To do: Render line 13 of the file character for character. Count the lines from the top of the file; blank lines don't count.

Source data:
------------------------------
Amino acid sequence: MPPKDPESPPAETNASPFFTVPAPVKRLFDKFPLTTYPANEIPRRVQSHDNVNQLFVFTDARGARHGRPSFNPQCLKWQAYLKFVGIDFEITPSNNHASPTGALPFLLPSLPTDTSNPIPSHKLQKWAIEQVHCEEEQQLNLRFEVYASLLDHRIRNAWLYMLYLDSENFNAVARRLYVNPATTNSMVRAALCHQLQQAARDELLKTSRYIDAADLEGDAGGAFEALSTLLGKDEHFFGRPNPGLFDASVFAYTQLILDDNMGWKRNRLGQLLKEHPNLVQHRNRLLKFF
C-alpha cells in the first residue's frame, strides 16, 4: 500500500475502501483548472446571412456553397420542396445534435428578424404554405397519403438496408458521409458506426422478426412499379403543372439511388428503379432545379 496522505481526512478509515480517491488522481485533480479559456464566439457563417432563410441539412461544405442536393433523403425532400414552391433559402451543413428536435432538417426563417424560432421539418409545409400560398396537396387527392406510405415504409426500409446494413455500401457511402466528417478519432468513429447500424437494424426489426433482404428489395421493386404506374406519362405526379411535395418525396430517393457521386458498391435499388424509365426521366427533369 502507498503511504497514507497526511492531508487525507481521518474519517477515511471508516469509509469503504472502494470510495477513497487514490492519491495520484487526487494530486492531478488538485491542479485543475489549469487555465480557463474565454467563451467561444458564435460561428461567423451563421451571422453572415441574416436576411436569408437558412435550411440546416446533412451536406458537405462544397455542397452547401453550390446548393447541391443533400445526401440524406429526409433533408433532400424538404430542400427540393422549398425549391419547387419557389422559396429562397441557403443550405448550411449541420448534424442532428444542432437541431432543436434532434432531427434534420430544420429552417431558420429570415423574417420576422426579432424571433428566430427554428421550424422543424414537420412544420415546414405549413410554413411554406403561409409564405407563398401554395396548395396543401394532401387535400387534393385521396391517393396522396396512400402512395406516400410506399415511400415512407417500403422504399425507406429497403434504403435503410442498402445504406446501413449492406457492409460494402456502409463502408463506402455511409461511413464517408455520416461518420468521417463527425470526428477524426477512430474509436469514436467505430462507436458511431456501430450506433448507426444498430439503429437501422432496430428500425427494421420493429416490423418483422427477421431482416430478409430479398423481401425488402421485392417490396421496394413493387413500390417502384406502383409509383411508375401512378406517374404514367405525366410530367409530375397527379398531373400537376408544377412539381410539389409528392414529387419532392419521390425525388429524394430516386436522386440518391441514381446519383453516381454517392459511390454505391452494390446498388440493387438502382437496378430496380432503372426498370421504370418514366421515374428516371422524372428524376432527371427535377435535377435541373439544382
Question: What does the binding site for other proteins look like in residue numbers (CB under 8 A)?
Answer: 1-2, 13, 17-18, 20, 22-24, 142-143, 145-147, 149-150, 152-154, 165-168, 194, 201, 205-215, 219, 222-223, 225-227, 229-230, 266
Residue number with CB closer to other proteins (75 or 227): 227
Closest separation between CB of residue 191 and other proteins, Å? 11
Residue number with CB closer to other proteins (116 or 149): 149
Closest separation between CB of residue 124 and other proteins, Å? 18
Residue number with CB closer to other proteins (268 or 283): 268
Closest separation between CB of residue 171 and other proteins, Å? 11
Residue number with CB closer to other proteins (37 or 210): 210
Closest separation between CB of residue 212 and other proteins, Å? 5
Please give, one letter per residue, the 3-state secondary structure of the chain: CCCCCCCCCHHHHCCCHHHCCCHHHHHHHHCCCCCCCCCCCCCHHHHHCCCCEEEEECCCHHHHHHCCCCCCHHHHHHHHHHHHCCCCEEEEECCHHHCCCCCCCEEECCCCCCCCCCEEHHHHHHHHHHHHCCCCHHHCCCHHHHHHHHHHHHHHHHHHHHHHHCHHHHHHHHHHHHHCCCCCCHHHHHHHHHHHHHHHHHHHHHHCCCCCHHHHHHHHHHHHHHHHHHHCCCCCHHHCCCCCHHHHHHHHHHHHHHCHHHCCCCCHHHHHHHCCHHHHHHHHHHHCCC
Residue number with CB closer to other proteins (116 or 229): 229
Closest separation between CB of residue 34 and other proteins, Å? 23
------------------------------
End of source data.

Please give, one letter per residue, the 3-state secondary structure of the chain: CCCCCCCCCHHHHCCCHHHCCCHHHHHHHHCCCCCCCCCCCCCHHHHHCCCCEEEEECCCHHHHHHCCCCCCHHHHHHHHHHHHCCCCEEEEECCHHHCCCCCCCEEECCCCCCCCCCEEHHHHHHHHHHHHCCCCHHHCCCHHHHHHHHHHHHHHHHHHHHHHHCHHHHHHHHHHHHHCCCCCCHHHHHHHHHHHHHHHHHHHHHHCCCCCHHHHHHHHHHHHHHHHHHHCCCCCHHHCCCCCHHHHHHHHHHHHHHCHHHCCCCCHHHHHHHCCHHHHHHHHHHHCCC